You are (metaphorically) standing in front of a large task. A daunting task. A beast.
Do you flare your nostrils and start working on the first thing that comes to mind that will help you accomplish the task?
Or, do you squint your eyes and start listing all the things you must do to conquer the task?
The nostril-flaring people are diving right in to the task.
The eye squinters are breaking the task down.
Which is the right approach?
However, I have also read books about project management that advocate less up-front planning and more iterative, do-stuff-and-assess-the-impact approaches.
BLUF (bottom line up front): Both techniques work. It depends on the person and the task or project.
But that simple statement is not enough for a whole blog post, so let’s get into a little more detail.
Why “Break it Down” Works
We cannot remember all the steps.
Early studies on the capacity limits of human memory suggested that when given a list of things to memorize, people could recall around five to seven items from the list.
Today, studies suggest that our working memory capacity is three to five items. So, one clear reason why breaking a large task down into component parts is that, if we don’t, we’ll forget what to do next.
Goal-setting is motivational.
One of the most well-established theories of work motivation is Goal Setting Theory.
Here are some relevant aspects of this theory:
- Specific goals lead to the best performance. Vague (i.e., “do your best”) goals don’t work well.
- Feedback is critical to achieving challenging goals. Feedback helps you stay motivated and adjust behavior accordingly.
Breaking down a large task into its component parts does the following:
- Makes projects more specific
- Allows for regular opportunities to get feedback
Why “Dive Right In” Works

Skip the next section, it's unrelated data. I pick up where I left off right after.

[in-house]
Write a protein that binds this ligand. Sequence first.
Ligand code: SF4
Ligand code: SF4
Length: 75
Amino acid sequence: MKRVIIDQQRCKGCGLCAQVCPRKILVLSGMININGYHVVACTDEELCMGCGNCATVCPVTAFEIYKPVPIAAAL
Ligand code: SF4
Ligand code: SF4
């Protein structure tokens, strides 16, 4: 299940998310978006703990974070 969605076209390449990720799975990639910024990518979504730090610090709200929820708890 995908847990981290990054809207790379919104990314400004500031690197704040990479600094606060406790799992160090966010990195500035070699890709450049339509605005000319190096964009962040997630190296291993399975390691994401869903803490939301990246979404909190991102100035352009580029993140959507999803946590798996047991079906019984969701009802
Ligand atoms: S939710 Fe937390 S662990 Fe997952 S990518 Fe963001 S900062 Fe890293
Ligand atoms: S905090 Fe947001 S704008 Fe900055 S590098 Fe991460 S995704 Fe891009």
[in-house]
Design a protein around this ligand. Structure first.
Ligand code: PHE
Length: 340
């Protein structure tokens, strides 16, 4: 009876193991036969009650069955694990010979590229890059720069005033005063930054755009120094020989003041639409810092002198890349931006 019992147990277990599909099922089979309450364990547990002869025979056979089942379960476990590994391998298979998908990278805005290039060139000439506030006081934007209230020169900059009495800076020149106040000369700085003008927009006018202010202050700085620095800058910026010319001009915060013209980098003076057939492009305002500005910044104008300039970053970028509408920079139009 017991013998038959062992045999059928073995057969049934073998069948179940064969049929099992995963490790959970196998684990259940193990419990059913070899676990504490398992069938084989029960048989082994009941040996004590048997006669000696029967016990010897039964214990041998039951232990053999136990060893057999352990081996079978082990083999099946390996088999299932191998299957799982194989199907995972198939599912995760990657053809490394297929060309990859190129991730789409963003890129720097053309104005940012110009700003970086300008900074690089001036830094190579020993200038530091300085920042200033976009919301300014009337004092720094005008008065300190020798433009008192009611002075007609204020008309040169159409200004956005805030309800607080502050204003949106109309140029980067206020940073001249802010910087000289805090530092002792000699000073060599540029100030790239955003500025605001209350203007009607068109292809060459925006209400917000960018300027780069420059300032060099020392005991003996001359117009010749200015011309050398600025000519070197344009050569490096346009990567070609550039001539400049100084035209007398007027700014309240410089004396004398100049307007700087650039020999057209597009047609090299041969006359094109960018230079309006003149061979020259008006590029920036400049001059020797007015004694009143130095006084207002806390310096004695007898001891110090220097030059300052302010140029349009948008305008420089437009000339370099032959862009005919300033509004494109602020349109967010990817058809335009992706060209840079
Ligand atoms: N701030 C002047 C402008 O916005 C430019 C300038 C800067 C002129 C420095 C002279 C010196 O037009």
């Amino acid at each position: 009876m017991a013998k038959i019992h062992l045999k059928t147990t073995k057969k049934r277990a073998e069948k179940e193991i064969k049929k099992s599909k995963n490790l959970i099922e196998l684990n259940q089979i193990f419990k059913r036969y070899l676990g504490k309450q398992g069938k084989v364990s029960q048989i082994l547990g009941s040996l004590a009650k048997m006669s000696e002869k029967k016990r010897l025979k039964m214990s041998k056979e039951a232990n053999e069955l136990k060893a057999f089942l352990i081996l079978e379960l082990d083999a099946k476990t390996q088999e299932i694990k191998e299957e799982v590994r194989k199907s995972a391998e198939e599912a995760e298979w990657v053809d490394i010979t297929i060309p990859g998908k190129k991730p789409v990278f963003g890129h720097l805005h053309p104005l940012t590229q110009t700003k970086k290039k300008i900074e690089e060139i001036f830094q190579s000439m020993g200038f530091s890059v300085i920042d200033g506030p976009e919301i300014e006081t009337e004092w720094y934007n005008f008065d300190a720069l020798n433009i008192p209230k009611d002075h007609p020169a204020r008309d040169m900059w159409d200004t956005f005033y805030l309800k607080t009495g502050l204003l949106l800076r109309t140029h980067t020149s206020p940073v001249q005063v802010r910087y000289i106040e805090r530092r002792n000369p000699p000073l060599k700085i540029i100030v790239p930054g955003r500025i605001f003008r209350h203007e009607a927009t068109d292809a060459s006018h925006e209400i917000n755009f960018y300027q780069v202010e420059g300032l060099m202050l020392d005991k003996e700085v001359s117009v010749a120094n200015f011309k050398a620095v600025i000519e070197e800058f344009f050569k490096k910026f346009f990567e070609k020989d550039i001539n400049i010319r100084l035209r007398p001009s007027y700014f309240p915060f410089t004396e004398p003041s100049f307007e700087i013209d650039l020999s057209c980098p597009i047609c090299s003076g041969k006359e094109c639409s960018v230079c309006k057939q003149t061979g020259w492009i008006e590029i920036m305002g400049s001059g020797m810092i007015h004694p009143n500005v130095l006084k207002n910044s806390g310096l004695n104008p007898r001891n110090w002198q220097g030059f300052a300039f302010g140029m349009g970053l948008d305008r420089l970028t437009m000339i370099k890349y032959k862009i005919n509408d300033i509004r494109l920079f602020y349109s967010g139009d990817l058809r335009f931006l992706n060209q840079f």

We don’t know what we don’t know.
When we are embarking on something totally new, it is difficult to outline all the steps required to complete the task or accomplish the goal. Uncharted territory is, well, uncharted.
Often, the best approach is to learn how to do the thing as we go. Just make sure to draft a good Lessons Learned report along the way.
The enormity of the task could intimidate us into inaction.
Productivity guru, David Allen advocates a Next Action concept to managing tasks. When you have something to do, ask yourself, “What is my very next step?” Answer that question, and you will make incremental progress.
I find that the next step approach is particularly helpful when we are procrastinating a task that is distasteful or intimidating. Mapping out the entire project may make you want to give up.
Pro Tip: Do the hardest thing first. Astro Teller (of Google) says that if you need to train a monkey to recite Shakespeare while standing on a pedestal, start by training the monkey, not building the pedestal.
How I Do It
I do both. My naturally spontaneous nature resists planning, so there are times I love the adventure of diving right in. The practical side of me who knows that meticulous planning is essential to managing my work/life balance flocks toward step-by-step lists.
When coaching clients, I read the situation quickly and will either (1) provide someone with a bulleted list of goals, timelines, and outcomes, or (2) ease them into the process by setting the first goal and then reassessing as the coaching engagement continues.
As usual, there is no one-size-fits-all solution. Flexibility wins.
Are you ready to get serious about doing the right things AND doing things right?
Check out my eBook Corral Your To-Dos: and don’t rely on your brain – at all.
Melissa Gratias (pronounced “Gracious”) used to think that productivity was a result of working long hours. And, she worked a lot of hours. Then, she learned that productivity is a skill set, not a personality trait. Now, Melissa is a productivity expert who coaches and trains other businesspeople to be more focused, balanced, and effective. She is a prolific writer and speaker who travels the world helping people change how they work and improve how they live. Contact her at firstname.lastname@example.org or 912-417-2505. Sign up to receive her productivity tips via email.